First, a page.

6 December 2011
BOSTON–If you think about it, there's a huge new paradigm that's emerging before our eyes (or maybe it's not so visible because so it's so behind-the-scenes).
Technologists have done a fantastic job in the past 50 years making computing faster and vastly more accessible. They've done exactly the same thing with communications. The nexus of those two brings us fantastic, productivity-enhancing devices, such as smart phones.
There's another nexus that's juussst starting to come together: computing, communications and cognition. Billions of sensors populate the world, yet they're largely dumb–dumb in that they don't interface with the computing "cloud" in an easy way. We generally capture sensor data and do something with it, but it's almost manual.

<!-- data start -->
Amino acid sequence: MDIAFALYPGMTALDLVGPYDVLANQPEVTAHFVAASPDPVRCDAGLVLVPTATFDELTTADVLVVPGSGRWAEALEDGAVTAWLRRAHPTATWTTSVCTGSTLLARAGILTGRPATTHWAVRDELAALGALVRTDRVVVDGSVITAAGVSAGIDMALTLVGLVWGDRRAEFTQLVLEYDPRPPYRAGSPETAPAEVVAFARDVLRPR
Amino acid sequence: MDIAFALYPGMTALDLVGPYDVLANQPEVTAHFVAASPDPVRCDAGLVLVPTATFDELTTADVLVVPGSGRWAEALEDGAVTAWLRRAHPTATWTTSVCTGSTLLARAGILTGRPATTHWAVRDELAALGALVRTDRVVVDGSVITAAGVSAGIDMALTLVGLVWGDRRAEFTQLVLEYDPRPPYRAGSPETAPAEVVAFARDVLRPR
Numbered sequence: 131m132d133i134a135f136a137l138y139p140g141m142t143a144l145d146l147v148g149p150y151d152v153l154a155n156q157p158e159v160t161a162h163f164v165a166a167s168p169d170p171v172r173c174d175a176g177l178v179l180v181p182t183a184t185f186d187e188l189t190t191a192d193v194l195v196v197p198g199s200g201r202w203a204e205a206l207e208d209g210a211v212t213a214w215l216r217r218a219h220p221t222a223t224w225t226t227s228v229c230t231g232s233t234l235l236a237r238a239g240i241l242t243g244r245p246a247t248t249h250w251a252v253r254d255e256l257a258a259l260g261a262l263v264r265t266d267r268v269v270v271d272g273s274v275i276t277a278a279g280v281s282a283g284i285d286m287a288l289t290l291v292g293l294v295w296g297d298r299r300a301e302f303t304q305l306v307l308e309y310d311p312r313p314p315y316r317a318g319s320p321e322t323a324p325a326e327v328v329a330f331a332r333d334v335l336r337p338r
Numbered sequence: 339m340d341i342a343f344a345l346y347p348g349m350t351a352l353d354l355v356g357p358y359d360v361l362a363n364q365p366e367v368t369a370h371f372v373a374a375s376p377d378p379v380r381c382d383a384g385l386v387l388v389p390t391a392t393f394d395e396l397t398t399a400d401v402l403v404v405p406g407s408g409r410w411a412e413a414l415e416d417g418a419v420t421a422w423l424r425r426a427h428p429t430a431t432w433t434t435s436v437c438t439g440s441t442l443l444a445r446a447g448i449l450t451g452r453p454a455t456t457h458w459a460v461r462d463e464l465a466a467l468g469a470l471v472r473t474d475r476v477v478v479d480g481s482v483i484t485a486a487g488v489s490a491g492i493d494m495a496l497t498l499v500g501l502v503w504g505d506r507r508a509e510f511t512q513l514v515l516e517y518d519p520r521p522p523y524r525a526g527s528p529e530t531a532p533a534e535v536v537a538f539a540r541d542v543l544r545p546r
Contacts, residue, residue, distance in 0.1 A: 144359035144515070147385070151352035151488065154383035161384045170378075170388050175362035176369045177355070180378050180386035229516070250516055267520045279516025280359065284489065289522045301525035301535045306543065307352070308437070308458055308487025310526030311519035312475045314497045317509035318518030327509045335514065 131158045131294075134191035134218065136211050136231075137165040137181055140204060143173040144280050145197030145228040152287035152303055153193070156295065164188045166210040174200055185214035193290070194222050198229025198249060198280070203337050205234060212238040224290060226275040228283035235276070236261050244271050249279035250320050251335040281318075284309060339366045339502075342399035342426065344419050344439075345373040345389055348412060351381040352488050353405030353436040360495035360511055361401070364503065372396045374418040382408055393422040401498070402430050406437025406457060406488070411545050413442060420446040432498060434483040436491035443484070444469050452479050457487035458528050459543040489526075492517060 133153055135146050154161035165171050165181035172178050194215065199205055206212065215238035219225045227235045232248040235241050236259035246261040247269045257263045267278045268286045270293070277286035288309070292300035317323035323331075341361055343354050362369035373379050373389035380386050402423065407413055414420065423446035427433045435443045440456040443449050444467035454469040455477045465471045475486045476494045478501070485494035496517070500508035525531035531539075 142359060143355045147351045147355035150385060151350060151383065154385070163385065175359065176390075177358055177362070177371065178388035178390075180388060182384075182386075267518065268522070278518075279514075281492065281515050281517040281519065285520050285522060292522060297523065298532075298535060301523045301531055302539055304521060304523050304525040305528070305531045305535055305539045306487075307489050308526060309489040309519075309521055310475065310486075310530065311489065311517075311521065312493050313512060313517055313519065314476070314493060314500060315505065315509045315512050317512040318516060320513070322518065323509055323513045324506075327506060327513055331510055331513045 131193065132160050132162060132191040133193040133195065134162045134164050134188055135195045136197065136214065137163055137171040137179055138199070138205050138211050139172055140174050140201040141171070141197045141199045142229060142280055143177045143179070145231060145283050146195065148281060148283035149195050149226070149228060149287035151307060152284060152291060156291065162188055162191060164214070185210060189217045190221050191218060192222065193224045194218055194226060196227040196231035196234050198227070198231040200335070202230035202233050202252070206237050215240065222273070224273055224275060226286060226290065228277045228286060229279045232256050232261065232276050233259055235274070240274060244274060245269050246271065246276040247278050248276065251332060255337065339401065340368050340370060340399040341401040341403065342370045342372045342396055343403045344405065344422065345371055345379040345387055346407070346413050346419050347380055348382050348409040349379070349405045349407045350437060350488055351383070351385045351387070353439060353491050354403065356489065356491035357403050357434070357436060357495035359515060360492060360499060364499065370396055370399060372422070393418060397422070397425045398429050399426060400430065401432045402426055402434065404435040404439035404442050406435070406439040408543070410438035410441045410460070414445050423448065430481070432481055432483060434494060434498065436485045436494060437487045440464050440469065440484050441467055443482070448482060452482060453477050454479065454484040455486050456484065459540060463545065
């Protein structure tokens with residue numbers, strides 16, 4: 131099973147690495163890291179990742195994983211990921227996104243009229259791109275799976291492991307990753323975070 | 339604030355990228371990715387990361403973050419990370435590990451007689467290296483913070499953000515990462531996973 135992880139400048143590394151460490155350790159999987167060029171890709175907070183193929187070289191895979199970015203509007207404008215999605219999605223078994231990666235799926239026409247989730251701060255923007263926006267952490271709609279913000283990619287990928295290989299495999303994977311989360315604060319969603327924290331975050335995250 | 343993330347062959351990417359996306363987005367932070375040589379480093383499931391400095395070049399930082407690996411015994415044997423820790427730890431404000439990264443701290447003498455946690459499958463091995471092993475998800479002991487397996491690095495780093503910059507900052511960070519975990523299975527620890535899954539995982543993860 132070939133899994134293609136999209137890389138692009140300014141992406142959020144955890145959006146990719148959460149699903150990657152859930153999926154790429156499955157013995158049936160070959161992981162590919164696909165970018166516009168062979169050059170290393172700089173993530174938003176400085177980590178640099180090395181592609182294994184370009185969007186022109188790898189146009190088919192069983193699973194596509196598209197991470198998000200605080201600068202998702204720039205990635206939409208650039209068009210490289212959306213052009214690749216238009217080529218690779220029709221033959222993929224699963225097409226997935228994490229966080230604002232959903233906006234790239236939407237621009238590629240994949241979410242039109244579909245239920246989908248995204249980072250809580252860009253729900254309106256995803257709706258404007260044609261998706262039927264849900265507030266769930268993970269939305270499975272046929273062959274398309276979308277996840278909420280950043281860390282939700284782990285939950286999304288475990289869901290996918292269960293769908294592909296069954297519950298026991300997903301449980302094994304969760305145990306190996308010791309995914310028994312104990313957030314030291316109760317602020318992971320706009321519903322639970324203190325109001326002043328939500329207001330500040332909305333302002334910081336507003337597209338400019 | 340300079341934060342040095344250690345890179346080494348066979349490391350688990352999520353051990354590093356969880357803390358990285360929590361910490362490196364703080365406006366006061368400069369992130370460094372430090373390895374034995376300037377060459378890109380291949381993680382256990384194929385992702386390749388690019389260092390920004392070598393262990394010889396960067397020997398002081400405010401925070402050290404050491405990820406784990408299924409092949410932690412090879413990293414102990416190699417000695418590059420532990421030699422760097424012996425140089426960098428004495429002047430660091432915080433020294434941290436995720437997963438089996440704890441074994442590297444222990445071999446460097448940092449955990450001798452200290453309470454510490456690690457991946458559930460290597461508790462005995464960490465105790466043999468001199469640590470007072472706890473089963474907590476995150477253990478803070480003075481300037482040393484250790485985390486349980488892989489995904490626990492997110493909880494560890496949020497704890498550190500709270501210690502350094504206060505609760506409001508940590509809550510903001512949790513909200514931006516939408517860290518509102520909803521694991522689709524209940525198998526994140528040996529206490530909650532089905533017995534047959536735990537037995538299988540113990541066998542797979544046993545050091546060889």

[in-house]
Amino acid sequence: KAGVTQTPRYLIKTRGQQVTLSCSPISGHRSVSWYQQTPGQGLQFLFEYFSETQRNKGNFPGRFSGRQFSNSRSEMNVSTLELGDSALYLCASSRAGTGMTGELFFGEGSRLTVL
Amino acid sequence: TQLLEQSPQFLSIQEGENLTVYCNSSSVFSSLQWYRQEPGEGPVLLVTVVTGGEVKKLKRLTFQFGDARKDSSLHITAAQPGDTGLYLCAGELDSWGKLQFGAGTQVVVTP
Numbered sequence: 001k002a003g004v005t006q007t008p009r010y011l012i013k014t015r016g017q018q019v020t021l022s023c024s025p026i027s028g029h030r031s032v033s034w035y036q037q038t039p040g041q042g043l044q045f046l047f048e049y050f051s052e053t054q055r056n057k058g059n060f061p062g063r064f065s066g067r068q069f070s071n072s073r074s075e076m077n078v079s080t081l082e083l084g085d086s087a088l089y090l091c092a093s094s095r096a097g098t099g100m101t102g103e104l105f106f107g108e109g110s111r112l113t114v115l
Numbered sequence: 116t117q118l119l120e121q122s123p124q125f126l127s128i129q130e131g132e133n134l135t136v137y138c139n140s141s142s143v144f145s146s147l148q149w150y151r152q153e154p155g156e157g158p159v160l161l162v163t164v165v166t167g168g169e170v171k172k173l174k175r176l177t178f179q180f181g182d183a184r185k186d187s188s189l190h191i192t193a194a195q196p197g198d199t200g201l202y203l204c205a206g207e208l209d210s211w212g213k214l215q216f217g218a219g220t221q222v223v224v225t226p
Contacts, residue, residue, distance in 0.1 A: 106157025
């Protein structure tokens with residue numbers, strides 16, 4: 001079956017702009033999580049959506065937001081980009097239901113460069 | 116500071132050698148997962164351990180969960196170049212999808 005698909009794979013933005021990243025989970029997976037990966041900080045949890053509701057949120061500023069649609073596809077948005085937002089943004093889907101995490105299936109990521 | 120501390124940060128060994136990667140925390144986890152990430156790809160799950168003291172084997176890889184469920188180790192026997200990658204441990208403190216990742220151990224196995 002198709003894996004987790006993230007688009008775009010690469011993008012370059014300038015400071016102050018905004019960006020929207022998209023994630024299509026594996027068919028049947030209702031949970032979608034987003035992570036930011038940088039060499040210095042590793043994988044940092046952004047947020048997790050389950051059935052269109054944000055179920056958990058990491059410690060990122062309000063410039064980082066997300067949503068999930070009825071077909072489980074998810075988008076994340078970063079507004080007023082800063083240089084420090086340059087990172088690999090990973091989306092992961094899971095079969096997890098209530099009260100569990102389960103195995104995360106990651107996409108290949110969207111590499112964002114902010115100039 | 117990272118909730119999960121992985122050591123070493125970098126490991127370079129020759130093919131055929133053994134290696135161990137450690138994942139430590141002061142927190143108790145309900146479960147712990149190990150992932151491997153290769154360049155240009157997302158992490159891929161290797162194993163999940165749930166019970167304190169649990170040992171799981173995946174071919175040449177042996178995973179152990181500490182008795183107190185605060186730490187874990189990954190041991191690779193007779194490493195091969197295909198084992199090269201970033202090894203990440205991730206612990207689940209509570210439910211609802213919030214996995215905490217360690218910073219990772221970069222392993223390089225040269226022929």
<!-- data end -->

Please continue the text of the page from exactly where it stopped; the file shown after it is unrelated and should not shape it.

The nirvana is a cognition-aware world that takes that data and uses it automatically with little or no human intervention. For example, the grand vision of renewable-energy fans is a smart grid that can pull your stored energy (an EV battery when your car is sitting in the garage) into the its mix when it needs it and when it has your permission.
But transformers are dumb today. Solid-state transformers are in the works, but years away from widespread deployment. That's a big-infrastructure example.
There are others that are closer to reality. I visited with Peter Riendeau, a longtime sensor-technology observer and now general manager at Melexis, at Embedded Systems Conference Boston to ask him what he thought would transpire over the next few years: